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  • Writer's pictureBecki Ledford

Fed is Best

When DJ was born, he spent the first six days of his life in the NICU. Being separated from him had a devastating impact on my milk supply. I told myself I would be fine if we needed to formula feed, though I was eventually able to get to a place where my supply was great. In fact, I was able to freeze something like 120 oz. of additional breast milk while keeping DJ fed and happy.

Then my supply started to dip and I had to start pulling from the frozen milk supplies. I pulled out all the stops: lactation herbs and teas, gluten-free brewer's yeast to make snack bites and cookies, increasing my hydration through both water and Body Armor, supply-enhancing drink mix added to milk at night, warm showers, massaging my breasts, skin-to-skin with DJ, power pumping sessions. Truly, I did it all and it paid off. I was able to increase my supply enough to get through each day, but never had any milk leftover to re-stock my freezer supply.

Tired mama breastfeeding first thing in the morning.
Tired mama breastfeeding first thing in the morning.

Then my supply dipped again. I tried all the old tricks again. It wasn't working. Then the formula shortage started and my frozen milk supply kept getting smaller and smaller. Then DJ started refusing to drink the previously-frozen milk, making that supply all but useless.

Last night, after putting feeding DJ and putting him to bed, I pumped and got less than a bottle's worth. Shortly afterward, DJ started fussing in his sleep and I started to panic because I knew if he woke up hungry I didn't have enough milk for a bottle and my breasts were empty. My anxiety got so bad that I suddenly felt nauseated and had to vomit. That's when I knew I had to do something.

When my supply was even lower today, I started to really grapple with the reality that I was going to need to supplement with hard-to-find formula. Upon accepting that, I felt a mixture of emotions. I started to feel all sorts of guilt that I couldn't breastfeed DJ for his first full year, but I also felt proud that I made it almost five months after such a rocky start. I felt relieved that I would know he was getting enough to eat, but also increasingly nervous that we wouldn't be able to find formula.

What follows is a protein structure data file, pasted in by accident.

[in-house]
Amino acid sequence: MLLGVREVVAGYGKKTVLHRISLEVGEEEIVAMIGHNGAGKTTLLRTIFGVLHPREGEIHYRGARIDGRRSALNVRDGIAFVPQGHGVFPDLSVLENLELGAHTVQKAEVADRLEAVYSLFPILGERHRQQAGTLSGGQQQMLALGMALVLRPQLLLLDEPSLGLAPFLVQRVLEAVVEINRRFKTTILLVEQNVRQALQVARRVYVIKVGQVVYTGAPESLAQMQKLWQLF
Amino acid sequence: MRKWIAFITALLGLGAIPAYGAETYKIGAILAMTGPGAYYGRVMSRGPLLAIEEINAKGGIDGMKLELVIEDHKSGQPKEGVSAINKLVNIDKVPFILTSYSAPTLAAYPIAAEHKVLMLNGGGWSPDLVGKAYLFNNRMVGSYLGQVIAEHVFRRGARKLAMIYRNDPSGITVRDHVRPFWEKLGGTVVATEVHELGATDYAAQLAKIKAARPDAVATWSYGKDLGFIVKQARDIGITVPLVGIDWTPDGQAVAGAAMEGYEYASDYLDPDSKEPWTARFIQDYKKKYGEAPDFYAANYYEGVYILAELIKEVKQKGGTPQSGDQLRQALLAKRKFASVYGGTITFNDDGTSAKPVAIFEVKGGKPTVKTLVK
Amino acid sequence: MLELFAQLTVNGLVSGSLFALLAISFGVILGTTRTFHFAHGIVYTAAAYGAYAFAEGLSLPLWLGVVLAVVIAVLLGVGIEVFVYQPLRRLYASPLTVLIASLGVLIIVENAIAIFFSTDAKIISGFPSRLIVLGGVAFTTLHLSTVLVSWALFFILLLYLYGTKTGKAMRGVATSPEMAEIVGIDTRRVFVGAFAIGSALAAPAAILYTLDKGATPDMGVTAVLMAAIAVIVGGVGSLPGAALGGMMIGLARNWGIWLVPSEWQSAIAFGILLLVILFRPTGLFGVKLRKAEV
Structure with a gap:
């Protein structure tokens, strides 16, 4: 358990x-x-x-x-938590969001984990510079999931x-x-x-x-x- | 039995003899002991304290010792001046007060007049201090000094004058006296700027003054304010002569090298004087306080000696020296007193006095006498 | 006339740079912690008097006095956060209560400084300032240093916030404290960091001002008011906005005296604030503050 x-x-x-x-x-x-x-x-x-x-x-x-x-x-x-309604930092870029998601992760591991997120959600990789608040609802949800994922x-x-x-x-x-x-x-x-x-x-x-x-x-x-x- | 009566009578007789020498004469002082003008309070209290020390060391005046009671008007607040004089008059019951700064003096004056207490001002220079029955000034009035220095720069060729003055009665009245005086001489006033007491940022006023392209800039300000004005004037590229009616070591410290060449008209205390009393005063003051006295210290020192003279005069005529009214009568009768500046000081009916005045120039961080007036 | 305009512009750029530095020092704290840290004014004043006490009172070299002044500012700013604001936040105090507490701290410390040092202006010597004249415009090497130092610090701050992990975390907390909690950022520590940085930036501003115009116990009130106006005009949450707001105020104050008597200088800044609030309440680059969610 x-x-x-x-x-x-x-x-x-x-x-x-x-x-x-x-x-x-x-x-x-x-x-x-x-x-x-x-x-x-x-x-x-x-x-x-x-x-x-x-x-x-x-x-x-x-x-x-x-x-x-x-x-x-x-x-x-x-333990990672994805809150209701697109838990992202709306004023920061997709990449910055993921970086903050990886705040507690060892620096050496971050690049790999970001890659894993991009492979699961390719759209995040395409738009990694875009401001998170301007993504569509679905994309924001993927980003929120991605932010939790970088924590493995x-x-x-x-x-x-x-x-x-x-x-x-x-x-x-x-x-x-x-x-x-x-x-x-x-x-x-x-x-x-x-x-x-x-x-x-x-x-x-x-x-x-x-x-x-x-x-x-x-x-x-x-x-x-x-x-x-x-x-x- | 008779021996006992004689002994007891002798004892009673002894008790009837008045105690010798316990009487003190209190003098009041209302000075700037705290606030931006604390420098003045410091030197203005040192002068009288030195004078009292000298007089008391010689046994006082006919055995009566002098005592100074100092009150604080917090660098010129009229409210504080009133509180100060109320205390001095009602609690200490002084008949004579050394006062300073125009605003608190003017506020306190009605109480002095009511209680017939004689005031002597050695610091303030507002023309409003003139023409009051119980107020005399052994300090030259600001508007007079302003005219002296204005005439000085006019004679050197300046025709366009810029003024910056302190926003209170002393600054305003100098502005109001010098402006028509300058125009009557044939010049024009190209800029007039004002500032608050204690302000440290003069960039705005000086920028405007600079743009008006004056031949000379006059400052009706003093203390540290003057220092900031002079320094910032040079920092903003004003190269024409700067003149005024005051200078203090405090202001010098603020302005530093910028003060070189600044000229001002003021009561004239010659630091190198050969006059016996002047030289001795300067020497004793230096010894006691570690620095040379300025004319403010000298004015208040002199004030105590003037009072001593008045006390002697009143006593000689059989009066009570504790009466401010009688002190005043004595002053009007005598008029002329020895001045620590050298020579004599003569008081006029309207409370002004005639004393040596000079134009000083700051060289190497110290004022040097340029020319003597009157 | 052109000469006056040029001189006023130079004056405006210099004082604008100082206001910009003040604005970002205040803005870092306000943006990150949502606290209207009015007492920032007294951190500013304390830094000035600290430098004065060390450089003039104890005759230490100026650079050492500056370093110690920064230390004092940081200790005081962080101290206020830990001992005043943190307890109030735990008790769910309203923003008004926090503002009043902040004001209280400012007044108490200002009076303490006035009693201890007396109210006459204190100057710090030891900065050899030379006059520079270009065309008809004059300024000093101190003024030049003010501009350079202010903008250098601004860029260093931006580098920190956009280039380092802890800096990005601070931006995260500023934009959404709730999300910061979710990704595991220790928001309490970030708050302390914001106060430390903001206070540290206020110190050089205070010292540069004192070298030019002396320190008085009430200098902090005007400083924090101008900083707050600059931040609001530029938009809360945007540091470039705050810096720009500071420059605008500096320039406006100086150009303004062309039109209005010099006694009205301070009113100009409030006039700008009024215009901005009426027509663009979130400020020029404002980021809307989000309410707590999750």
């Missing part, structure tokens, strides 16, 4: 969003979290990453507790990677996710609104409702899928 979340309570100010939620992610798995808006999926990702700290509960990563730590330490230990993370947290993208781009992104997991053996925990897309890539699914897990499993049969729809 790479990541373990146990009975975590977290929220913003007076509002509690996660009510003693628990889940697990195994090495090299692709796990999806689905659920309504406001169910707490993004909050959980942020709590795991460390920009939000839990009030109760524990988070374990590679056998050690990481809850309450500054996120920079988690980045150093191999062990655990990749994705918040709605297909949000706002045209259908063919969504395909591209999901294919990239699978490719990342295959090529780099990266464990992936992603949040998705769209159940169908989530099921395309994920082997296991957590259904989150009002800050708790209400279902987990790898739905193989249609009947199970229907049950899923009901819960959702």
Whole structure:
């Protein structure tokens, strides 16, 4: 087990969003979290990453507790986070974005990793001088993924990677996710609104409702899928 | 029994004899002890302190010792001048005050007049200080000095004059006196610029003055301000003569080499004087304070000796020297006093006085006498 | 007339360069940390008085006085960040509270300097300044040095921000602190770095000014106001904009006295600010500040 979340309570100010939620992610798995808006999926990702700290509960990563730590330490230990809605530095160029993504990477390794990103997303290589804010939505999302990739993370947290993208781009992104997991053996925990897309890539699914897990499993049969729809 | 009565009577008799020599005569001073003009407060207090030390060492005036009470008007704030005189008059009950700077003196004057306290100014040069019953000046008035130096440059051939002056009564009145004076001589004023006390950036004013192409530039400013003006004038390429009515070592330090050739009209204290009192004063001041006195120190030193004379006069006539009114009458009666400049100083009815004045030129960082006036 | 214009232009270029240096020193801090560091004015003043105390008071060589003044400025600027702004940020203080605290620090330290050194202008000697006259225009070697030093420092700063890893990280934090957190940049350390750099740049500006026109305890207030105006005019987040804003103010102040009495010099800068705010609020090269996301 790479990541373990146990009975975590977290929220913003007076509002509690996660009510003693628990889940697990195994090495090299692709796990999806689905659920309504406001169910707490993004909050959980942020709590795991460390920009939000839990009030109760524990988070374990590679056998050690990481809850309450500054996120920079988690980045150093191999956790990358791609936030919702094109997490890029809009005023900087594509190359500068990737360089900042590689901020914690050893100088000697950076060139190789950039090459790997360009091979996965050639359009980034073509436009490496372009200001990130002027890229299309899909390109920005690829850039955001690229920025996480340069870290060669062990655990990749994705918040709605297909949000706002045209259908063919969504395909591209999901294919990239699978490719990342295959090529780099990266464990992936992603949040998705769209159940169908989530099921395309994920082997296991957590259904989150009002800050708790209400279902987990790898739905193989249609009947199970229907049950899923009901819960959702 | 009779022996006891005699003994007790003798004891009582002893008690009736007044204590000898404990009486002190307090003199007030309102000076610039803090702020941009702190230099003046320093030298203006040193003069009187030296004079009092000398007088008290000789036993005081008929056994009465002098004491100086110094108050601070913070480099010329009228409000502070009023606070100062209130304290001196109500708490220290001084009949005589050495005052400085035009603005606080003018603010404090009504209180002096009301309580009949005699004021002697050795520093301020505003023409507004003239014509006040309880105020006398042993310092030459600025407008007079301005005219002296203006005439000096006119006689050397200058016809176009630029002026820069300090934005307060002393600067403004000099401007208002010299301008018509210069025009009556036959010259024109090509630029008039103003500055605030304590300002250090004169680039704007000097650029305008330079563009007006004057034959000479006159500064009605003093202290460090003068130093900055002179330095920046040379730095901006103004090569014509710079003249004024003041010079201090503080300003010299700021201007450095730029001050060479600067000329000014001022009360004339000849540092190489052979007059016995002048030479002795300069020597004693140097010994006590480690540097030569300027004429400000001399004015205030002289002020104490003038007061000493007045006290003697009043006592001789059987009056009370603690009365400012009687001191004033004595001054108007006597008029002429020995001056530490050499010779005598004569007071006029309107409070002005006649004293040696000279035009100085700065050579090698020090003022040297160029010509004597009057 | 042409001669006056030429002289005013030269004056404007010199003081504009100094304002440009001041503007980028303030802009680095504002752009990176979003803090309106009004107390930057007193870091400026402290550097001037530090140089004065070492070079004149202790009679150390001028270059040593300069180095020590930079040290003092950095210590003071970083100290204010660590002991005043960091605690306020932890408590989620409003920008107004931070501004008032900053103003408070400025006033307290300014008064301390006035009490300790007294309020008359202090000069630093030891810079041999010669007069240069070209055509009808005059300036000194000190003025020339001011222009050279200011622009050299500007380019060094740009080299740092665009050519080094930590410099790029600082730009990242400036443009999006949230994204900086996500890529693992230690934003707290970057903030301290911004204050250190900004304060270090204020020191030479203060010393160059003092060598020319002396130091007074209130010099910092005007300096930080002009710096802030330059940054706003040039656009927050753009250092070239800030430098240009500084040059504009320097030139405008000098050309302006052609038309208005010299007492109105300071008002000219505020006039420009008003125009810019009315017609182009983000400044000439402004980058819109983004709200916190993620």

DJ enjoying a bottle.
DJ enjoying a bottle.

Luckily, we had three small sample containers of Enfamil formula that we'd held onto just in case we needed it. I made DJ his first formula bottle and was feeling pretty okay about it—until Kevin started to actually feed DJ.

It was clear that DJ was not happy with the formula. He turned his head, whined, and resisted taking it entirely. I felt awful. I felt like I had failed my baby. I cried, then I cried some more. DJ had a clear preference for the taste of my breastmilk and I was failing him by giving him formula, or so I thought. Then I posted in my bumper group (people who all had babies due around the same time DJ was due). I got lots of reassurance from other parents and started to feel a little better. I kept repeating "fed is best" to myself.

Finally, DJ took almost the entire bottle of formula. I breathed a sigh of relief. I reminded myself again that fed is best. I pumped some breastmilk to use later tonight (along with what I had pumped earlier in the day) and pre-made two more bottles of formula for later.

I won't try to pretend that I'm suddenly feeling great about supplementing with formula after all that. It's so much easier to tell another mom that she's doing the absolute right thing by making sure her baby is fed and happy, but it's another thing entirely to feel like you're failing your own baby.

I'd carried such high hopes that I would be able to exclusively breastfeed DJ for at least a year. I wanted to continue that bond with him for as long as possible. Accepting that we're going to join the ranks of other parents desperately searching for formula while I continue to pump for as long as I can is sobering. But then I'm able to snuggle this sweet baby and I'm reminded that my bond with him doesn't require breastfeeding. Neither does his health and happiness.

Sleepy baby napping on mama.
Sleepy baby napping on mama.

Fed is truly best and I'm working to remind myself of that at every feeding moving forward. Whether it's breastmilk, formula, or some combination, the most important thing is that DJ is happy and healthy.

If you're going through a similar struggle, know you aren't alone. We receive so many conflicting messages about caring for our babies that it sometimes feels like we can't do it right no matter what. Part of the reason I was so determined to breastfeed is that I was pushed so hard to by the hospital where I delivered and the lactation consultants I saw afterward. While I know they were trying to be helpful, they made me feel like I absolutely had to figure out how to breastfeed effectively and it was more stressful than anything.

We've all heard it before, but we really are all doing our best. That looks different for everyone, but that doesn't make it any less valid.



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